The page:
Beyond completions, the feature I probably use most on a regular basis is the multi-line line editor. Many shells let you write multi-line commands in the REPL, but zsh also lets you edit such commands in the history. For example, if you write something like

      for i in 1 2 3
          echo $i

      run it, then hit up-arrow to go back and edit it, in zsh it’s still on multiple lines and you can edit them, while bash presents you a version that’s been smooshed into a one-liner.

      The extended globbing can also be nice, though it’s huge and there are only a handful of features I remember enough to use.

      1. 3

        Indeed, i get annoyed when I have to use find generally.

        I tend to do ls -dal /file a LOT

        More fun, list all symlinks: ls *(@)

        Take that expansion, restrict to directories: ls -dal /name(/)

        Or files ls -dal /name(.)

        Empty files: ls -dal */(L0)

        Files > 1 meg: ls -dal */(Lm+1)

        Stuff modified in last hour: ls -dal */(mh-1)

        It is a really damn convenient way to not deal with find and multiple predicates. Hell you can combine qualifiers, aka files > 1 meg modified in the last hour: ls -dal */(.mh-1Lm+1)

        Also multi line history editing is what made me switch to zsh years ago. At the time ksh just threw ^J’s in, aka useless, and bash did the same back then. Bash is better now but its still years behind zsh in the “holy hell what can’t this stupid shell do” department.

    4. [Comment removed by author]

      1. 4

        What does the second number mean? And why does scsh have three of them?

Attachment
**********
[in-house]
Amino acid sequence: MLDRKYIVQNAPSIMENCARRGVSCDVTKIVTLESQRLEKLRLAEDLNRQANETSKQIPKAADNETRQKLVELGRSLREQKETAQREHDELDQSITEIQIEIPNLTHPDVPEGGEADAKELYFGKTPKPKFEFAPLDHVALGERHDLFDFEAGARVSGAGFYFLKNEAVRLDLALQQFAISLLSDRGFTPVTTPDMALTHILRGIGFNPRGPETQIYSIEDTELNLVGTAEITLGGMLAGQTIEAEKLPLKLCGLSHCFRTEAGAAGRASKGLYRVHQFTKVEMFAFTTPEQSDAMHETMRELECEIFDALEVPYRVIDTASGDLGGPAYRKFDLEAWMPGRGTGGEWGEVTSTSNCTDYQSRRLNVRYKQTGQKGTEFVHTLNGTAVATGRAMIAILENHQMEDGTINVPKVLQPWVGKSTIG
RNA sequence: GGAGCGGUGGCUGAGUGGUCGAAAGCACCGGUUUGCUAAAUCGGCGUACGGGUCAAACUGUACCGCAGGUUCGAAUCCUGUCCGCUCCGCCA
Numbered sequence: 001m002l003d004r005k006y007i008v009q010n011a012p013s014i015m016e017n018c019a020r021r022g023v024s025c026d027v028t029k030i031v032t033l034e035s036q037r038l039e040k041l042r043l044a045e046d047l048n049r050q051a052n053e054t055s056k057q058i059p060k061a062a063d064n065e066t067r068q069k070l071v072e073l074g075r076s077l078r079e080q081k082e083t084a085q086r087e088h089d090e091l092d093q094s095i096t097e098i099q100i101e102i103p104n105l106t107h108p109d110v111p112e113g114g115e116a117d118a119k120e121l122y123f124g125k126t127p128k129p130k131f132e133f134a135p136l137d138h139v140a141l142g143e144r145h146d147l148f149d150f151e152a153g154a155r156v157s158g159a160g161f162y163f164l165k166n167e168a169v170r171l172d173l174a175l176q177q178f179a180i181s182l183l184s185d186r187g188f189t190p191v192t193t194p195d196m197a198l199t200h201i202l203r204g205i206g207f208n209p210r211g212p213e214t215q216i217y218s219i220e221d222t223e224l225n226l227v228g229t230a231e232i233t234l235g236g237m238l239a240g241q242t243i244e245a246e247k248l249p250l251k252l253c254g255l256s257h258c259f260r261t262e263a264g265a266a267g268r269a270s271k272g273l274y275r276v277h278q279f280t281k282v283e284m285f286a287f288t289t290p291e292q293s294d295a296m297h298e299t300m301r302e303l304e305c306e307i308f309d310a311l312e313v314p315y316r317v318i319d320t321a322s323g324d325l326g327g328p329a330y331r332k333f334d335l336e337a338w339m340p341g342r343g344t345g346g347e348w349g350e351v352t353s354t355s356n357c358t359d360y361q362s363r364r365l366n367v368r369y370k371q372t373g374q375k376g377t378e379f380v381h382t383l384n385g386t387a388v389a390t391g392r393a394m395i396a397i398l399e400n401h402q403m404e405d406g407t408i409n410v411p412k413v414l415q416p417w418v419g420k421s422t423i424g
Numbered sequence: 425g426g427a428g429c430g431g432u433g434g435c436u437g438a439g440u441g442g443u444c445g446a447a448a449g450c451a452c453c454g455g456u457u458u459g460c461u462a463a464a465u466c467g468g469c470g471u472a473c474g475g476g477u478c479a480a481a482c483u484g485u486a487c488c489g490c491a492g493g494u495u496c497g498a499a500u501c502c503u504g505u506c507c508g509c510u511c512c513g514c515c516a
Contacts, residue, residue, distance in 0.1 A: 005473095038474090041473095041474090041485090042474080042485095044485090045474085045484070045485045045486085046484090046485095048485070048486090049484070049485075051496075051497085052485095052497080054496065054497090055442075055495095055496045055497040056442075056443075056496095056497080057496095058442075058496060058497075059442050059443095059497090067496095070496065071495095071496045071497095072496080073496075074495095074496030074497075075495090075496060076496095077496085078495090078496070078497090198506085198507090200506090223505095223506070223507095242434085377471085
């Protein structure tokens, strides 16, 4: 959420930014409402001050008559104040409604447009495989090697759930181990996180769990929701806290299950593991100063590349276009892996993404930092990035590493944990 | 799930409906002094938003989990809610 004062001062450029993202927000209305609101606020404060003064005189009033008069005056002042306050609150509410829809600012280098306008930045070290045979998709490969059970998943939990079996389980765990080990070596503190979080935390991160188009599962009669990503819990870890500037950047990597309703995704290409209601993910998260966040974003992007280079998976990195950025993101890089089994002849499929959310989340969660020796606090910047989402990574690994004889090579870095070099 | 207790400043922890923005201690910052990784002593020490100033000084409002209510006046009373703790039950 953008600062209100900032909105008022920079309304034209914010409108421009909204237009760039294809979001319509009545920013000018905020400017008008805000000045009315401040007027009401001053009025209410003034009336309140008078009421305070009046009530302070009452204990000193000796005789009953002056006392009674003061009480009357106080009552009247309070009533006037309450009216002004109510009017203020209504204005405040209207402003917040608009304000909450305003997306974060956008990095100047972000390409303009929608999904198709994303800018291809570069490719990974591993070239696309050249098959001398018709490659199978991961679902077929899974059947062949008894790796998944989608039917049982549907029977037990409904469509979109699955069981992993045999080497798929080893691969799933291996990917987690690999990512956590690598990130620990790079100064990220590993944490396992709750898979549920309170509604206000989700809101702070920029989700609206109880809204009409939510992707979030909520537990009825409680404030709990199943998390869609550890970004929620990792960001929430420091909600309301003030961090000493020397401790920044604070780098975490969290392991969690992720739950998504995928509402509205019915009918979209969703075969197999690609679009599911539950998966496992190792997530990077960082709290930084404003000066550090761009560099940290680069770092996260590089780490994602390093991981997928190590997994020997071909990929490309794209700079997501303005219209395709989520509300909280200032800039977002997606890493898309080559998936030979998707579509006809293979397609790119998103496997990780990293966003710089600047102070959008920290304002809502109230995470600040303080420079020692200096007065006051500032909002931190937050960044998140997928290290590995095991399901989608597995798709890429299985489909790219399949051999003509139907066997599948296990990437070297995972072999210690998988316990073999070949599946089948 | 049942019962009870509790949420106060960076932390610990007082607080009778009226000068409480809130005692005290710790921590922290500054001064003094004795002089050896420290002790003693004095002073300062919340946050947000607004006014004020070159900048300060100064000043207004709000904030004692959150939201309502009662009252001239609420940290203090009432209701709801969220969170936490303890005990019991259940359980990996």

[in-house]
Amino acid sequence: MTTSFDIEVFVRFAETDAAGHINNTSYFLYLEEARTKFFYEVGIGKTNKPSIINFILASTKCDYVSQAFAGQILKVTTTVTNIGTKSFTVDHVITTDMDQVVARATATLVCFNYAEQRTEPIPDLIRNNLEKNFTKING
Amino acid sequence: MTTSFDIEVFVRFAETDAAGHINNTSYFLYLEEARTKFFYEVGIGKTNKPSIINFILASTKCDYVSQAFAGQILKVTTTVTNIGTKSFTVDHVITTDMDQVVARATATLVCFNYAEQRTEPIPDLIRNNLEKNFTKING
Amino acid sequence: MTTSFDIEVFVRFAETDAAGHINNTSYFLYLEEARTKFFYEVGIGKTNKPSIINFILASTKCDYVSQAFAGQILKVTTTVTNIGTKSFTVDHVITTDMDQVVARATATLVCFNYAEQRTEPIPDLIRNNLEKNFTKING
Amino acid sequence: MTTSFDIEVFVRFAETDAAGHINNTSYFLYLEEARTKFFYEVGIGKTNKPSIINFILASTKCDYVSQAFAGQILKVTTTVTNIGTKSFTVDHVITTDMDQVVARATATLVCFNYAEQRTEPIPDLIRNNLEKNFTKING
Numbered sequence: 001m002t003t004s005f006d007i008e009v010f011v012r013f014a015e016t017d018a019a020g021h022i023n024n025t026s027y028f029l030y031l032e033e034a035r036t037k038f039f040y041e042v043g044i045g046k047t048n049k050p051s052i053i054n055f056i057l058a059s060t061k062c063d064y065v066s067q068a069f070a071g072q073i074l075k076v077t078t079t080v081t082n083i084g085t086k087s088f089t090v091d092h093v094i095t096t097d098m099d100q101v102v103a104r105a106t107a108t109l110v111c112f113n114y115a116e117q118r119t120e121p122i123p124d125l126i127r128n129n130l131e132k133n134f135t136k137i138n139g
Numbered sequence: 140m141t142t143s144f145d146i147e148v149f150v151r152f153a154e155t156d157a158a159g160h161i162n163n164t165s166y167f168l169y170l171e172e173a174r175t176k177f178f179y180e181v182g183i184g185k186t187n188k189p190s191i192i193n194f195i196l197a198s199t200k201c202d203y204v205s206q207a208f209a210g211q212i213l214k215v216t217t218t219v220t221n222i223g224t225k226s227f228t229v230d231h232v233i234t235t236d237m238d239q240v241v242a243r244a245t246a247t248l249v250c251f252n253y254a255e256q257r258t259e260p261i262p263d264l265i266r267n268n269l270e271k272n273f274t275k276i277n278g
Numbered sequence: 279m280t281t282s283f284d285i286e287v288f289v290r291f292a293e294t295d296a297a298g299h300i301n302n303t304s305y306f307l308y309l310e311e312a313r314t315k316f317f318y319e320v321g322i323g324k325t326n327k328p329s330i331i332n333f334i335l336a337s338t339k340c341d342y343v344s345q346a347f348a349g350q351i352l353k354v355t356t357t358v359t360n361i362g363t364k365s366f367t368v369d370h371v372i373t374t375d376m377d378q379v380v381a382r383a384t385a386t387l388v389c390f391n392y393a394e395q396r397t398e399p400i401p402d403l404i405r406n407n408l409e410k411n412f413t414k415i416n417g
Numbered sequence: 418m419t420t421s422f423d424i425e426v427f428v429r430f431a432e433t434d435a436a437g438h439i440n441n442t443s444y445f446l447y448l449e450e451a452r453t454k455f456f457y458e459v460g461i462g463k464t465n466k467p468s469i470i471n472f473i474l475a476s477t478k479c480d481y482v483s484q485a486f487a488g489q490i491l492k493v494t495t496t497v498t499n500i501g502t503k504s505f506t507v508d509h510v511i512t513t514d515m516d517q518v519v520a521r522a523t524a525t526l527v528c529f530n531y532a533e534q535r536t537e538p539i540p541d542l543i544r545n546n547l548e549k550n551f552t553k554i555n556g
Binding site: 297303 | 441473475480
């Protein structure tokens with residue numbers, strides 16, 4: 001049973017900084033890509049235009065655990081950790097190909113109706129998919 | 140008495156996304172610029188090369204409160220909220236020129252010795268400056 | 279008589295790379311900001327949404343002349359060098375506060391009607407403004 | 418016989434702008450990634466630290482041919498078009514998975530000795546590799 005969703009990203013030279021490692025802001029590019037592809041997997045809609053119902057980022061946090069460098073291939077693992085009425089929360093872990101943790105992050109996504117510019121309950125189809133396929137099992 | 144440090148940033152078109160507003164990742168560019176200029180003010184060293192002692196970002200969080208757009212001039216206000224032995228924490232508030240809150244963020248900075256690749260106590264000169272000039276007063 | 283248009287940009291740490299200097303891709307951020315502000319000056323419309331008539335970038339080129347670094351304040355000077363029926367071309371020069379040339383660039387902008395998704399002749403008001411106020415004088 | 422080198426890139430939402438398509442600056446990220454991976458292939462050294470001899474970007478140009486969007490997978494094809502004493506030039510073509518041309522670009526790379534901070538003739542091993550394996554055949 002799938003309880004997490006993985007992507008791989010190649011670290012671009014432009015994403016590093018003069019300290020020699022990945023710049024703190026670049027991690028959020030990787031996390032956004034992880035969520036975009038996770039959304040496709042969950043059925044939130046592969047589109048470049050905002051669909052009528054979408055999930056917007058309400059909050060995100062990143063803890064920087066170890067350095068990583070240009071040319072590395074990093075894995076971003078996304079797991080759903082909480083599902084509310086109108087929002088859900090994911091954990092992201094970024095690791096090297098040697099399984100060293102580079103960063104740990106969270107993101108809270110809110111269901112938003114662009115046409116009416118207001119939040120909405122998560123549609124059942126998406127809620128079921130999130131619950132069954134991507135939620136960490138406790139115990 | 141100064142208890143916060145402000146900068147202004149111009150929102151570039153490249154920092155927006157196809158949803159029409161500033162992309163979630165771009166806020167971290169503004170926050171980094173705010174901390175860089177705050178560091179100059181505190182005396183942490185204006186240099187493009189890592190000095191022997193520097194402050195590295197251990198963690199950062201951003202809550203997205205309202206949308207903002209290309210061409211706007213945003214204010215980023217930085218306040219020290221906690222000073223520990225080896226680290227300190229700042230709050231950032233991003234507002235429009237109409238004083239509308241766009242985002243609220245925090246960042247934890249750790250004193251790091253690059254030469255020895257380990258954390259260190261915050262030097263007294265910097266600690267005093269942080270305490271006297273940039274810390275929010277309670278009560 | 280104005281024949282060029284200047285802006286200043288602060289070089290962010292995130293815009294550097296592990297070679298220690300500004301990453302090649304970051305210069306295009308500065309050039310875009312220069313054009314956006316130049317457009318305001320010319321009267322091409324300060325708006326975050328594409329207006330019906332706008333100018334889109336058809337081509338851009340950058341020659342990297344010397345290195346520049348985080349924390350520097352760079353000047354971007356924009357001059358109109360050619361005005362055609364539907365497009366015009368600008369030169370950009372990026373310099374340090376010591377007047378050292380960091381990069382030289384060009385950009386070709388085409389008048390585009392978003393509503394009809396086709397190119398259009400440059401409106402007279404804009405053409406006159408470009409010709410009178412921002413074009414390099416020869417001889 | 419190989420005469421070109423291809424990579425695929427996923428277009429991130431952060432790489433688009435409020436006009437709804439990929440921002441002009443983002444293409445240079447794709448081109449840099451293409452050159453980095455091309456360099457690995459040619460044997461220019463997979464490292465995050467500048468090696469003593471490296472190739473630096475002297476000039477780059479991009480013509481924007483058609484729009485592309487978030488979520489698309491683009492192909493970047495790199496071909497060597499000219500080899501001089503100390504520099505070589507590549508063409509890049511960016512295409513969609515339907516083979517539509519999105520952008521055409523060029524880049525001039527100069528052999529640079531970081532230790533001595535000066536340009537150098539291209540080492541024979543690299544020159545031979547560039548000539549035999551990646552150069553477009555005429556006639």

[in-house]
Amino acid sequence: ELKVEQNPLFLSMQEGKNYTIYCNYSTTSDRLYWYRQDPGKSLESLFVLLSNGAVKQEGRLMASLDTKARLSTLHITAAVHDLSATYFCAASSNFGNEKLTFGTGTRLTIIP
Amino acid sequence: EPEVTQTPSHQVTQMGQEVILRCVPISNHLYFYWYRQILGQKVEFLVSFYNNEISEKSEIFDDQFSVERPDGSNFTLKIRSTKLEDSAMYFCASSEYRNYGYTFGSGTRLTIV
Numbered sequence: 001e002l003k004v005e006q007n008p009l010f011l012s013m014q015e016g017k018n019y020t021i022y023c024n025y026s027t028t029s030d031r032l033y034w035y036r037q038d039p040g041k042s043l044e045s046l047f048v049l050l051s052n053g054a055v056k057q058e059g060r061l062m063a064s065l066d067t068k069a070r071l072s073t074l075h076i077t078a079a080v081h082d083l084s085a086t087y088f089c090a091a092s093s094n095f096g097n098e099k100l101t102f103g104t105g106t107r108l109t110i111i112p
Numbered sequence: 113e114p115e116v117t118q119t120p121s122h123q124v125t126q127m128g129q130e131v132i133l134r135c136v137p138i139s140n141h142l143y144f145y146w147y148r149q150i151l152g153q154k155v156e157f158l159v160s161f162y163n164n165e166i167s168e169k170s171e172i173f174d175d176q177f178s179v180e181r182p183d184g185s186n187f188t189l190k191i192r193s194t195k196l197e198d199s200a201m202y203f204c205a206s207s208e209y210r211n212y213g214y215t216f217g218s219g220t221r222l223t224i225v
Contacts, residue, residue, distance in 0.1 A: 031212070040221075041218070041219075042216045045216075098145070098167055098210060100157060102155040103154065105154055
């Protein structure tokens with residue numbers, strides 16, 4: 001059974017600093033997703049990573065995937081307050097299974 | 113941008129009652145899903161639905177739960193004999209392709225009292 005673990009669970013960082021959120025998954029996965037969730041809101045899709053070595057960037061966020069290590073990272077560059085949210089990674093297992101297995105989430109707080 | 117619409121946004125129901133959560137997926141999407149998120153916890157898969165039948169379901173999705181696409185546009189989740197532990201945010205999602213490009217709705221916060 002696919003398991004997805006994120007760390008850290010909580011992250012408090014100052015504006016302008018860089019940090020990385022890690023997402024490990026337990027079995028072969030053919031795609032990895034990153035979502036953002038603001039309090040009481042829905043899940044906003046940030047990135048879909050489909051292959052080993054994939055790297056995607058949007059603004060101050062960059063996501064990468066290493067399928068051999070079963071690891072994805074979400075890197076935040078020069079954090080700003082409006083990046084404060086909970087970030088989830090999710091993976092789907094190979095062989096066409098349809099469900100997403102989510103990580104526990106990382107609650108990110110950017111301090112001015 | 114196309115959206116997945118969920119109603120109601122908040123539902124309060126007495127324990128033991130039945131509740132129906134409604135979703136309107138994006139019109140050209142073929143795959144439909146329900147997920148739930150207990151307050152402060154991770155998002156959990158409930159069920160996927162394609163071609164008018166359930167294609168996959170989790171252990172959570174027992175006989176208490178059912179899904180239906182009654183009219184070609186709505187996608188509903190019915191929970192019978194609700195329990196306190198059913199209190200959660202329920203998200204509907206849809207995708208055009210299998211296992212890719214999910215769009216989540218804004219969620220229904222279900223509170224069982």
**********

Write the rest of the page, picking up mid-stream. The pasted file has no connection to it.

and rewriting my scripts from bash into POSIX sh. I feel that improves them greatly.

        You’re a good man/woman/cat.

        1. [Comment removed by author]

    5. 12

      eshell, because I can extend it in Emacs Lisp, and life is to short to learn another badly-designed language just for customizing your shell. Piping shell commands straight to an Emacs buffer or lisp function is a nice bonus though.

      1. [Comment removed by author]

        1. 4

          True, but you can add these to a list so they automatically spin off their own specialized terminal emulator buffer automatically even when run from eshell.

          Even so I hardly use this, since it’s so rare to find a curses-style program that doesn’t have an alternative interface implemented better in elisp.

      2. 1

        eshell is sorely lacking input redirection. How do you stand it/get around something like that?

    6. 11

      I switched to zsh from bash several years ago, for several useful features:

      • Better tab-completion for command flags
      • Ignore duplicates in history. This saves me from scrolling past commonly run commands all the time, like “ls”
      • The “push-line” action, which pushes the current text on the line into a stack that will get popped after you press enter. This is useful when you type a long command to run, but realize that you want to run another command first.
      • It’s been too long at this point, but I seem to recall that the vi mode was more complete than bash’s
      • As mjn mentioned, the multi-line editing is more sane and useful
      • The ** glob is really nice; it expands across multiple directories, so **/*.c expands to all .c files in subdirectories
      1. 3

        I’ve been using zsh for a long time, but I don’t really use push-line. Instead, I tend to do C-a C-k, run the other command, then C-y. Or, if in vi mode, ESC 0 d$, run the command, followed by ESC p.

      2. 1

        2 and 6 exist in bash too. 3 can be easily achieved by putting a # at the start of the command you want to run later.

      3. 1

        Ignore duplicates in history

        You can do that in Bash by putting ‘erasedups’ in HISTCONTROL. I also want commands that start with a space to be ignored by the history, so I have this in my ~/.bashrc: